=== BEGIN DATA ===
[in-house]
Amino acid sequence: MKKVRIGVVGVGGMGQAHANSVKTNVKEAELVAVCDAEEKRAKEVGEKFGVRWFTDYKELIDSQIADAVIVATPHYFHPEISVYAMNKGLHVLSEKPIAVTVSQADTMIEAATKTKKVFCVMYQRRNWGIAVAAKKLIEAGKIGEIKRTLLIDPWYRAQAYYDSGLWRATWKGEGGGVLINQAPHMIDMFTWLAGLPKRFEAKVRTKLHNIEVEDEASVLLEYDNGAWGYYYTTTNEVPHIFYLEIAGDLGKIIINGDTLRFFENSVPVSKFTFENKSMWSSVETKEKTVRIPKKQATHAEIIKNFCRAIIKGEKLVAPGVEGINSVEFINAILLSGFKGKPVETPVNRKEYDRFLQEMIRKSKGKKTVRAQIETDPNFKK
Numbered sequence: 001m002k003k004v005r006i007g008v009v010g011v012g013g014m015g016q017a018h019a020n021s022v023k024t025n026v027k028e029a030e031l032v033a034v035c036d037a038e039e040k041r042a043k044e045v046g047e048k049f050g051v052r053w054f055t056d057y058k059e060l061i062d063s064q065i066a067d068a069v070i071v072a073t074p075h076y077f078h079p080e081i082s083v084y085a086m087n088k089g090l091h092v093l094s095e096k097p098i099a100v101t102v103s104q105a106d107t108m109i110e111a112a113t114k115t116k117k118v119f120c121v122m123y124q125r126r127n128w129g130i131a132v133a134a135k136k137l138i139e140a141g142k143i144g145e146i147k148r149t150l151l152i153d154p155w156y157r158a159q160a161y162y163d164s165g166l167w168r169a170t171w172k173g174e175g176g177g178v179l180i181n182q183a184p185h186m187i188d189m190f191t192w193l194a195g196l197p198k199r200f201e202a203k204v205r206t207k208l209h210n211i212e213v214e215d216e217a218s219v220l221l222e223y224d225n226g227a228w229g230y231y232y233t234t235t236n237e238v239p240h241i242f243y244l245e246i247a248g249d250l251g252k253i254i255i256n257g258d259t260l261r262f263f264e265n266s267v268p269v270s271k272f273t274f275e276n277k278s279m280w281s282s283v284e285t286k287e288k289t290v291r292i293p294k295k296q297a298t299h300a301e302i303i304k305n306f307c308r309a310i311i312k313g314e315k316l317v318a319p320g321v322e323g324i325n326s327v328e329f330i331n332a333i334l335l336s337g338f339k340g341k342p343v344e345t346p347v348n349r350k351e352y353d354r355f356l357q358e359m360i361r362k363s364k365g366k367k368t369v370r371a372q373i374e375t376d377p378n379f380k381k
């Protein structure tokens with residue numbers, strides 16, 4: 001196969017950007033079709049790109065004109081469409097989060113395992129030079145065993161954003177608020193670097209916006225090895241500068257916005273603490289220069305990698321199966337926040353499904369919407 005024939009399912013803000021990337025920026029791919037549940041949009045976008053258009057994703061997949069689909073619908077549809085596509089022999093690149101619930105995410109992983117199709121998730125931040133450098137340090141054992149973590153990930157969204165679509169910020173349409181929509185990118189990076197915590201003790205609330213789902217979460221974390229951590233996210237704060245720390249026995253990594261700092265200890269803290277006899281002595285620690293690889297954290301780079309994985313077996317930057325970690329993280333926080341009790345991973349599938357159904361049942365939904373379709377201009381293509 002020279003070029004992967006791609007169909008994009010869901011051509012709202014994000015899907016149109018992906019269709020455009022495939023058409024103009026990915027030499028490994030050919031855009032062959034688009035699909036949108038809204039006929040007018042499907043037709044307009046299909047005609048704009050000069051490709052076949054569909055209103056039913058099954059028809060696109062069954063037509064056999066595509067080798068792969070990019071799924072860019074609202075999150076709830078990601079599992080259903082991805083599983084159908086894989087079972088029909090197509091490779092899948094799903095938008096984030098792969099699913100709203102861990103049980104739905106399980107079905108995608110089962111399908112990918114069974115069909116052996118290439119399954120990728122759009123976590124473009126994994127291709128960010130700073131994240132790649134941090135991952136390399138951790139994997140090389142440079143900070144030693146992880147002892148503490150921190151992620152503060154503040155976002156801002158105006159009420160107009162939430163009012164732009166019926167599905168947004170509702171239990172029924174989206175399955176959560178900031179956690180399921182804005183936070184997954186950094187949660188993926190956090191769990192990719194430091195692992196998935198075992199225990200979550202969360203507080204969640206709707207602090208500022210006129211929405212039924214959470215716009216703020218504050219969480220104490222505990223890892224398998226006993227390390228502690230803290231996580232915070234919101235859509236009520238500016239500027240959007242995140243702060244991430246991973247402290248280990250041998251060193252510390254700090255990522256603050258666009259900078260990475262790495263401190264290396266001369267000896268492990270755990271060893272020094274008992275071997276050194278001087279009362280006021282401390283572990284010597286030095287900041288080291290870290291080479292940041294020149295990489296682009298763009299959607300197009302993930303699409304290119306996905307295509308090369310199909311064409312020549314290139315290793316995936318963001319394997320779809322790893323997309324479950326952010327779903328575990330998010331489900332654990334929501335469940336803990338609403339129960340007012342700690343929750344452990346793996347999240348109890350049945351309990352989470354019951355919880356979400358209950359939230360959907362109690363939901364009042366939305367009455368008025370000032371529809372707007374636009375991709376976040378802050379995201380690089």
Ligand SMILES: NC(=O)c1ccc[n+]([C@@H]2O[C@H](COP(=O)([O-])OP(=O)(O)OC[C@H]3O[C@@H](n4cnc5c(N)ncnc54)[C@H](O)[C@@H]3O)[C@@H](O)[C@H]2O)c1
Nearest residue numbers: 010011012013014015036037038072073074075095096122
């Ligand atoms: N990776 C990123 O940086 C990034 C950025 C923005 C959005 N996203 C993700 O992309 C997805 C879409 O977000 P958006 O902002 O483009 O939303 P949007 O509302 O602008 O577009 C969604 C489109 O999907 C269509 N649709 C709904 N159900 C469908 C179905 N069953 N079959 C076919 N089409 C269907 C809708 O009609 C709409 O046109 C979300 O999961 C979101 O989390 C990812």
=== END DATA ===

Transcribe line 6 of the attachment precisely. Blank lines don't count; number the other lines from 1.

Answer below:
Nearest residue numbers: 010011012013014015036037038072073074075095096122